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action in memoir

Monday Focus: What’s happening in your memoir?

Today is Monday, and it’s a great day to write a bit on your memoir!

Keep the reader interested by using plotting whenever you can, but you don’t need to go gaga about plot—just include enough. Remember: you are not writing a thriller.

Exactly what makes an action interesting is evidently subjective. What might interest an older, retired woman dedicated to promoting social action is likely to be utterly boring to the teenage boy who spends all his free time—and some time when he should be studying and doing his homework—playing basketball. Yet, both would insist that a story needs to be interesting if they are to continue to read. It’s just that they don’t agree on what “interesting” is.

The key take-away here is: a memoir needs to be interesting to its natural audience. What action/plot do the people who would most appreciate your memoir need to keep reading? Your action can be entirely and extremely external (e.g., a flight through a city in a get-away car) or internal (doubts and hesitations).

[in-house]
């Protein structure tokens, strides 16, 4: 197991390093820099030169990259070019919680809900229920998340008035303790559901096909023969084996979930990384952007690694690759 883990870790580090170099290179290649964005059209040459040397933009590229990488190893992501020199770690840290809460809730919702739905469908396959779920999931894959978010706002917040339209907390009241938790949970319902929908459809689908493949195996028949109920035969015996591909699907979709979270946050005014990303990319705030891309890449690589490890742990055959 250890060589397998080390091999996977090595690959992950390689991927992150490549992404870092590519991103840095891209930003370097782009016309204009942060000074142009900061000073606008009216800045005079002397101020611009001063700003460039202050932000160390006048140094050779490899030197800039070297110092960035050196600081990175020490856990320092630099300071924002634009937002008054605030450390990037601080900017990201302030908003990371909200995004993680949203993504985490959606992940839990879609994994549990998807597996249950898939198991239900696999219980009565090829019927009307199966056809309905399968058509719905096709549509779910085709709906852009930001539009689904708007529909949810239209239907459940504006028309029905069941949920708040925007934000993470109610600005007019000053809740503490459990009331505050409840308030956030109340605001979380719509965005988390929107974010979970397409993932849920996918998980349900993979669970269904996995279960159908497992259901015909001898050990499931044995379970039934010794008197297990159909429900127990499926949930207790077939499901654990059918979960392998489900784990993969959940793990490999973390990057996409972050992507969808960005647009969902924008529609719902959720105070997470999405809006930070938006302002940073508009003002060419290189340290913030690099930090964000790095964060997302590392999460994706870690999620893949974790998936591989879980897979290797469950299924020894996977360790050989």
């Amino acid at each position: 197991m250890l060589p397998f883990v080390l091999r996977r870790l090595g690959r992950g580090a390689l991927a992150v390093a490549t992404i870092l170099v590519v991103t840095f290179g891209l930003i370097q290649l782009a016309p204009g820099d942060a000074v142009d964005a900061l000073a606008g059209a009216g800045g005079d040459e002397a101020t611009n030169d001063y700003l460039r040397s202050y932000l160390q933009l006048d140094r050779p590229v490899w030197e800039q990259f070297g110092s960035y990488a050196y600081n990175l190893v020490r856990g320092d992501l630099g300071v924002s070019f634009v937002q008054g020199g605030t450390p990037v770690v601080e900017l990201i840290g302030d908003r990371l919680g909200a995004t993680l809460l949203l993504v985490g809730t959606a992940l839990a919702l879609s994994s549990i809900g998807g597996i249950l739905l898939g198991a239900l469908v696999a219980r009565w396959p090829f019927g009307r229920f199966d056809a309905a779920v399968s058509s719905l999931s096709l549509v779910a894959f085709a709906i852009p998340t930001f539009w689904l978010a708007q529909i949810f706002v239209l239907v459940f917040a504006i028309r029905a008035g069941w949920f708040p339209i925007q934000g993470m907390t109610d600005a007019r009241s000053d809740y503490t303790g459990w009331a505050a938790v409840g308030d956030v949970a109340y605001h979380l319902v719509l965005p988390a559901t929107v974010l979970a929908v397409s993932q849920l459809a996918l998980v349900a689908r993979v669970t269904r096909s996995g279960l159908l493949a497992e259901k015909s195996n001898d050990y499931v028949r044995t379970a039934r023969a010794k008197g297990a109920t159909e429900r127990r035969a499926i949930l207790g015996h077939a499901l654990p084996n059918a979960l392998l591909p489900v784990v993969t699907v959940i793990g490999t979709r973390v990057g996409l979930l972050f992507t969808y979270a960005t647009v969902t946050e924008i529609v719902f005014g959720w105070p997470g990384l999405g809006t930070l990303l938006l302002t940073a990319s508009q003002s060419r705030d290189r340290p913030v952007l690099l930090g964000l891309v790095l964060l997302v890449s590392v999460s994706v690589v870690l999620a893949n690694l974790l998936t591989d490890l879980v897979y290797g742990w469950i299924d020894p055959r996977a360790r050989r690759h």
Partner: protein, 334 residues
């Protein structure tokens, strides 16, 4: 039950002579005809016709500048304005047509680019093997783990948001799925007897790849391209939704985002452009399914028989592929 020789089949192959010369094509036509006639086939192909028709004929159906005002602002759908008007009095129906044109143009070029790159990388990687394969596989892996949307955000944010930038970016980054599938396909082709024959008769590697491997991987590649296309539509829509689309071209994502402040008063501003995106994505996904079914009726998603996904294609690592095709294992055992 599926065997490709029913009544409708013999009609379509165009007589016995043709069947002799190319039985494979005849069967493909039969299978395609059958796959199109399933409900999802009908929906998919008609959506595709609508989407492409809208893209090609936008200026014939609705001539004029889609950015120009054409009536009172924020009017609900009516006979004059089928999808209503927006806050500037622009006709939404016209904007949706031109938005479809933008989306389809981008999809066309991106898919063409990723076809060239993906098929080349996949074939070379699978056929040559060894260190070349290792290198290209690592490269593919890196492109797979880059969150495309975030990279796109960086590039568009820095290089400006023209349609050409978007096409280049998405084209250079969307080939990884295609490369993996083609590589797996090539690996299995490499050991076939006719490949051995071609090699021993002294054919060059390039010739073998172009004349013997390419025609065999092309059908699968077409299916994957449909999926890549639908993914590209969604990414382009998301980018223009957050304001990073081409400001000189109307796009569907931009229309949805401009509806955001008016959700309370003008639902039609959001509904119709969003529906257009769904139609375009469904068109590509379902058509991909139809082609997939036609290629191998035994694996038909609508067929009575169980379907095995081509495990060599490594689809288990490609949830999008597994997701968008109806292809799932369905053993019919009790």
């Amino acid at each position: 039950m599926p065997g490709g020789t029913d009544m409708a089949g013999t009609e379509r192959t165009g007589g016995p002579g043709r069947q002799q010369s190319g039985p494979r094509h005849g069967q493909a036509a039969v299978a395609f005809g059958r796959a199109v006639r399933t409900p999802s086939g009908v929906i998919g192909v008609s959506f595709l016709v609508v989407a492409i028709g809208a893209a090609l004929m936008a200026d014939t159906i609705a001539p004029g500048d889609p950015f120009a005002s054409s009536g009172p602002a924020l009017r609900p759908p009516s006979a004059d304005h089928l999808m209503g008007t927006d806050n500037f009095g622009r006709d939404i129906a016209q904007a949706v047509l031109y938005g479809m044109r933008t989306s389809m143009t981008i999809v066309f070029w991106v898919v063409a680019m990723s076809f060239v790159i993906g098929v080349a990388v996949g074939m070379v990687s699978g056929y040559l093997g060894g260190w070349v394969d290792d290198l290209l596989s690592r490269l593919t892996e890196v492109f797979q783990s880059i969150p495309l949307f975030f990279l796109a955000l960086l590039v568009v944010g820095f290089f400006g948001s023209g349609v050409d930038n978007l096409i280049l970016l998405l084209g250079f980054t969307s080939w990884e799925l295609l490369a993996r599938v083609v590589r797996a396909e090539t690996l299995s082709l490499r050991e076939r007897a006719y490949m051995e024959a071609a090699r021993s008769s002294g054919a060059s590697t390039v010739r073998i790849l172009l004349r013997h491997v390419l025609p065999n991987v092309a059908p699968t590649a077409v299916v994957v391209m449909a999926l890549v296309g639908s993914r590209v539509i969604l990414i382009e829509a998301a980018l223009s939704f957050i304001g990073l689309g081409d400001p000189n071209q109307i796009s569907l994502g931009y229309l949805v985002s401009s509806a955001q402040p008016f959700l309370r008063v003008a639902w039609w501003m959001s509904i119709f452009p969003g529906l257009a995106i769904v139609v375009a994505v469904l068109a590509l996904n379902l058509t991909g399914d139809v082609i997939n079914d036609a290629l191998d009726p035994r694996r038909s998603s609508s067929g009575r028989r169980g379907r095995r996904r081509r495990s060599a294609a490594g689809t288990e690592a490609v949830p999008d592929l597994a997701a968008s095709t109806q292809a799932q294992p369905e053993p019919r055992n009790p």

The Stephen King fan who is focused on action would find a Virginia Woolf novel which is focused on characterization extremely boring while a Virginia Woolf reader would find a King novel a bit gaga in its too-much action and excitement. Either group would find the books of their author interesting and those of the other writer boring.

Many people confuse dramatic action with dramatic development. The distinction is crucial and it will help you to write a much more interesting memoir. Even laden with inherent dramatic action, a story without dramatic development can prove to be quite uninteresting.

Your memoir will most likely not have one action. There will probably be many.

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